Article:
AUSTIN, Texas (FOX 7 Austin) - On the night of April 7, 2017, Austin police arrived on Parliament Drive in East Austin responding to reports about a man with a gun.
“He knew there some commotion outside. He came outside to see what was going on in which point he was shot about seven times,” said Robert Ranco, one of Lawrence Parrish’s attorneys.
Police say Parrish, who was 31 at the time, fired shots at officers from his porch.
“The official statement by the police department indicated that they were returning fire, that Lawrence had fired a rifle at the officers to which they returned fire. A couple of days later police had to recant that because they realized that wasn't true,” said Ranco.
In a press conference after the shooting, then Interim Chief Brian Manley also noted there was not any video captured. “The video does not capture Mr. Parrish's front door based on the direction the car was pointing,” said Manley.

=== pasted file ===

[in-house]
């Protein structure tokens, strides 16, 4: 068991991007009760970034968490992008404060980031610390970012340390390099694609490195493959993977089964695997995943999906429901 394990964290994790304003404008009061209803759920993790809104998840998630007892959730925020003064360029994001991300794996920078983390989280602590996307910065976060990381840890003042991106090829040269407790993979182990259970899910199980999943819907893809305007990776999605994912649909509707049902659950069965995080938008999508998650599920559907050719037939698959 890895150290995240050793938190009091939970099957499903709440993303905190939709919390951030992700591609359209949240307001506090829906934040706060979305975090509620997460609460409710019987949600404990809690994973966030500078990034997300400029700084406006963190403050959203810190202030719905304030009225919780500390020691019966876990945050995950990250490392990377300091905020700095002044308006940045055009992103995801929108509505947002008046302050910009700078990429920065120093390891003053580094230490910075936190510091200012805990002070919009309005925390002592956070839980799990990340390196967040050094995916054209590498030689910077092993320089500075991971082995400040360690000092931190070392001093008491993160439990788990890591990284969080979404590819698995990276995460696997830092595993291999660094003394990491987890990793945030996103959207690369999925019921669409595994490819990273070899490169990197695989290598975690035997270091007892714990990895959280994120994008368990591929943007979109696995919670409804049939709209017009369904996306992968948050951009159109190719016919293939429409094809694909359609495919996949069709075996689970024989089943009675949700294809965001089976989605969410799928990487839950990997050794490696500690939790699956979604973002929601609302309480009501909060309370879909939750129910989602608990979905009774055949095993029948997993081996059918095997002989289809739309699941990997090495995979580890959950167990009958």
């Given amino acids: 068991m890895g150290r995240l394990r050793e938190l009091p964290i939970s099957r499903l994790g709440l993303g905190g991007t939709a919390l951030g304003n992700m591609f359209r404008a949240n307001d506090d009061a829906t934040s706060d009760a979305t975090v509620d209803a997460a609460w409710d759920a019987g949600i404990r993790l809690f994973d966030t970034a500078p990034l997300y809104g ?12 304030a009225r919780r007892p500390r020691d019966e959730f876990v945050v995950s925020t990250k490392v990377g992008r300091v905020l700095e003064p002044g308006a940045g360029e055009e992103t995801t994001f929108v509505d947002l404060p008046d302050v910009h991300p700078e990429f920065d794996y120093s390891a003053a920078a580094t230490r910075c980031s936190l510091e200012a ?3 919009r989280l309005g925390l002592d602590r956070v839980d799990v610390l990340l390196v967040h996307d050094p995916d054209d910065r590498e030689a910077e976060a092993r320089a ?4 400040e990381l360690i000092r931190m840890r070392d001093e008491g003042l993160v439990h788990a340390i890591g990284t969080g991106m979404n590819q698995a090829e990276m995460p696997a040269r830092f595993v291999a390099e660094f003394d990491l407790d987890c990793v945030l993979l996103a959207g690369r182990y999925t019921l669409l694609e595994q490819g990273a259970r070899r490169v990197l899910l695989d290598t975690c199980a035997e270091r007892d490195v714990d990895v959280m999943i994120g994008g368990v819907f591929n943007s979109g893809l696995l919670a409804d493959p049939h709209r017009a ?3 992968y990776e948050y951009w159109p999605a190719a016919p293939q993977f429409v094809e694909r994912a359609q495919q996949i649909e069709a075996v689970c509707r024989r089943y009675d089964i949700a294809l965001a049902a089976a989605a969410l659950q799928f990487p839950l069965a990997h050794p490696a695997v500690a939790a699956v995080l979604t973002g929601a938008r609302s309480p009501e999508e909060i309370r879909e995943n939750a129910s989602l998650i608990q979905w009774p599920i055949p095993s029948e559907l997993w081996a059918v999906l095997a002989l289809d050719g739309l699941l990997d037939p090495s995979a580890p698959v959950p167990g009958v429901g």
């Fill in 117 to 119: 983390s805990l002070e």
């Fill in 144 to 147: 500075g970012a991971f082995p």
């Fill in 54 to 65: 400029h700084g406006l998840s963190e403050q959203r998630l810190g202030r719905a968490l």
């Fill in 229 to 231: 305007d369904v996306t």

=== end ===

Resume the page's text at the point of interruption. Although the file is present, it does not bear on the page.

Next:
Parrish, who survived the shooting, was charged with aggravated assault on a peace officer, but the charge was dropped last summer. Something his lawyers say further proves his innocence. “He had several shots to his torso, he had a shot through his right hand, and one of his pinky had to be amputated. When he was shot one of the bullets grazed his face. It absolutely was excessive force,” said Chris Tolbert, co-counsel for Parrish.
Parrish has spent the last several months in jail on charges unrelated to this incident, but this week he and his lawyers have filed a lawsuit against the department and the four cops who shot at Parrish. “There are certainly some good police officers, but there is a sub culture within the police force that needs to be addressed,” said Tolbert.
Over the past two years, Parrish has garnered support from his brother Cluren, and many community leaders. His lawyers are hoping the lawsuit can expose every bit of truth. “I’ve spoken to witnesses who were present at the scene, they said they didn't see a weapon in his hand, they certainly didn't see a weapon raised,” said Ranco.
“This lawsuit is about accountability, it's about transparency,” said Tolbert.